Maryland's gambling fight has shattered the record for most expensive political battle in the state's history as corporate spending passed the $40 million mark.

MGM Resorts International, which would operate a planned casino at National Harbor if the gambling expansion passes, added $3 million to bring its total spending up to $14.4 million. Caesars Entertainment, which is set to operate a new Baltimore casino, has chipped in $3.4 million, while the National Harbor developer has contributed $1.25 million in support of the expansion.

Penn National Gaming, which operates casinos in West Virginia and Perryville, raised its spending from $18.1 million to $21.6 million to defeat the measure, which would allow table games and round-the-clock operation at in-state casinos, in addition to adding a new facility in Prince George's County.

The previous spending record was held by the 2006 governor's race, in which Democrat Martin O'Malley unseated Republican Bob Ehrlich. That race cost about $34 million for the two sides combined.

Steven Taylor, a professor of urban politics at American University, said the constant spending increases from both sides indicate how close the fight seems to be.

"Corporations do not spend a lot of money on measures they think will fail," he said. "It's an investment for them -- an investment with the potential for high yields."

As gambling companies ratchet up spending, the Maryland Public Policy Institute entered the fray Wednesday when it released an independent study saying the potential economic benefits of the gambling expansion have been overblown.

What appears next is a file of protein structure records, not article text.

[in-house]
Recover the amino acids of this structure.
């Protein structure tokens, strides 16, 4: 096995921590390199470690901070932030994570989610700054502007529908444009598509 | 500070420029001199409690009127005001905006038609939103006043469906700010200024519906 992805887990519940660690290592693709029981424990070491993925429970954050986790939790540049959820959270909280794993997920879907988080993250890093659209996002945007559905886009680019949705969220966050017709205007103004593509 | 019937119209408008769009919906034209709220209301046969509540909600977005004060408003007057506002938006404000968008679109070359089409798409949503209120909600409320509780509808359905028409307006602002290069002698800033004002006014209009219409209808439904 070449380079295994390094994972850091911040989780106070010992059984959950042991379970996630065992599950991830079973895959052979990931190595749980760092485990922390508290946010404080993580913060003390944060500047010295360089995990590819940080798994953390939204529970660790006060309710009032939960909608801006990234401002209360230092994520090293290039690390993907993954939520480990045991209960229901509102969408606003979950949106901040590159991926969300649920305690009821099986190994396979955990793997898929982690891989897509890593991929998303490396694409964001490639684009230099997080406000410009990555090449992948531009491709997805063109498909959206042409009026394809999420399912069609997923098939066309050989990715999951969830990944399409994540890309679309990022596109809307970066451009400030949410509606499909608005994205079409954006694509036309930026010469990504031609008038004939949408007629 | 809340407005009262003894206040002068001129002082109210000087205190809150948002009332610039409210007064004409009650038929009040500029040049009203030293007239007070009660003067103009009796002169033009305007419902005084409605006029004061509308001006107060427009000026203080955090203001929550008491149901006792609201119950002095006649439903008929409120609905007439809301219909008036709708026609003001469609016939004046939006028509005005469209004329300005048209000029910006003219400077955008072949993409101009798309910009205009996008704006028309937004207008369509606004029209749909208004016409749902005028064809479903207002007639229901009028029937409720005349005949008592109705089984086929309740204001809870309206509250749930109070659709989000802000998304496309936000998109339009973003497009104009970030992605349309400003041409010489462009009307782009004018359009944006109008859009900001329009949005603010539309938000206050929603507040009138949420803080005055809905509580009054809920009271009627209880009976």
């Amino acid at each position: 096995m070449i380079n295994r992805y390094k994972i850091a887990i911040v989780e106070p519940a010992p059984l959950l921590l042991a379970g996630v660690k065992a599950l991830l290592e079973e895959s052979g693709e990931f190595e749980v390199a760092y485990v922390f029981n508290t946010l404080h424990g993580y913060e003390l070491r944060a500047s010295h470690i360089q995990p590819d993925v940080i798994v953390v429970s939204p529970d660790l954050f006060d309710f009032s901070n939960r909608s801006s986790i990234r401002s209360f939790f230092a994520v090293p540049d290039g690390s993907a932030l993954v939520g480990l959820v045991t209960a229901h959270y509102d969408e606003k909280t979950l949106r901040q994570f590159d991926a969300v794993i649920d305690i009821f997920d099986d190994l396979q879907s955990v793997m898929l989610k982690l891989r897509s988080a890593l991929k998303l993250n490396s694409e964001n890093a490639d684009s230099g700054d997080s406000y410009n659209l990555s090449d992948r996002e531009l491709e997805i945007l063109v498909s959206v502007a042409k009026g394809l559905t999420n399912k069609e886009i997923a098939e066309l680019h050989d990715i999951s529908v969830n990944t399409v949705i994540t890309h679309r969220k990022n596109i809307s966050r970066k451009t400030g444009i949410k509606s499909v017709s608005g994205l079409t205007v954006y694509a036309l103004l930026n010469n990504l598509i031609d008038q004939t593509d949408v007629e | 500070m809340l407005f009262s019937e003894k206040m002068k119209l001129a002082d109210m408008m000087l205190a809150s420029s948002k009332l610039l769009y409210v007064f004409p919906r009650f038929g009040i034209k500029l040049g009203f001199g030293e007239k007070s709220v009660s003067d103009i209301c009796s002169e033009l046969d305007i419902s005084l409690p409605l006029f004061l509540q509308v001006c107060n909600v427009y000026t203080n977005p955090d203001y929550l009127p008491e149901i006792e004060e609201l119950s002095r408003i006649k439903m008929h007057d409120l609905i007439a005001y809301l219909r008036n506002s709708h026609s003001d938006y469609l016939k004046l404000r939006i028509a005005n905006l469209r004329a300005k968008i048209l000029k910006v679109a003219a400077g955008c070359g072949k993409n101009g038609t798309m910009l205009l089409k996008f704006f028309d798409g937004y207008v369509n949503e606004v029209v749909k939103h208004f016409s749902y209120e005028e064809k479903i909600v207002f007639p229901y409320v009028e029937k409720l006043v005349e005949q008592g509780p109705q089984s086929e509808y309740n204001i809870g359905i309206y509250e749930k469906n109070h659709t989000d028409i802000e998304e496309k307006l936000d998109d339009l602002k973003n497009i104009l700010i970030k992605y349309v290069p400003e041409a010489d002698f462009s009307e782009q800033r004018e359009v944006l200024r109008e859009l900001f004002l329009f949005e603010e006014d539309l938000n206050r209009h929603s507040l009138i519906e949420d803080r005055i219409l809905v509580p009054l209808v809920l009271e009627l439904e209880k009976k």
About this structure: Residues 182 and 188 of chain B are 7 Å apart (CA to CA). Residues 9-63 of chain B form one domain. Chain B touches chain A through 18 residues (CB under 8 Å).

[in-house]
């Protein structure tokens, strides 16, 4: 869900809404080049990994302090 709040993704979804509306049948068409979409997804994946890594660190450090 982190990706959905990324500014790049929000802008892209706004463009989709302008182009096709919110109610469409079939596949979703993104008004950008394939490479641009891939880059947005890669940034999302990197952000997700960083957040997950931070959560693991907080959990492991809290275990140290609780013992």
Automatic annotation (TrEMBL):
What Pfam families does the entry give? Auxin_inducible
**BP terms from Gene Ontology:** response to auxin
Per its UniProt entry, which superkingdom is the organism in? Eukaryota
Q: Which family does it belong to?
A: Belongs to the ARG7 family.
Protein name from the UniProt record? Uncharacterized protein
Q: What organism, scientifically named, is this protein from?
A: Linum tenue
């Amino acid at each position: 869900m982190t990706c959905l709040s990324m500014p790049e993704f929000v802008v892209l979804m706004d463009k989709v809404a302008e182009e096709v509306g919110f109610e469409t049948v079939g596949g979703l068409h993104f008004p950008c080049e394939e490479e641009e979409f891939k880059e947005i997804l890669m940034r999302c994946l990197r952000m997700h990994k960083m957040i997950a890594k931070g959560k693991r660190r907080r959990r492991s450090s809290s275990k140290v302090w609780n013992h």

"Some of the claims are grossly exaggerated," said Christopher Summers, the institute's president. "The other side says this'll put Maryland on the map, this'll create all these jobs -- but when you really put it under the microscope, the devil's in the details."

According to the study, about 45 percent of the revenues generated by a new casino in Prince George's would come at the expense of other casinos in the state. The estimated $424 million in gross revenues from the new casino would be partially offset by a gross revenue decline of $125 million in Anne Arundel County and $65 million in Baltimore, the study said.

Summers said approving expansion was not a long-term solution to Maryland's budget woes. "The state is up against a wall," he said. "They look at it as sort of a quick fix."

Kristen Hawn, a spokeswoman for the committee backing the casino expansion, said her group would respond once the study has been reviewed.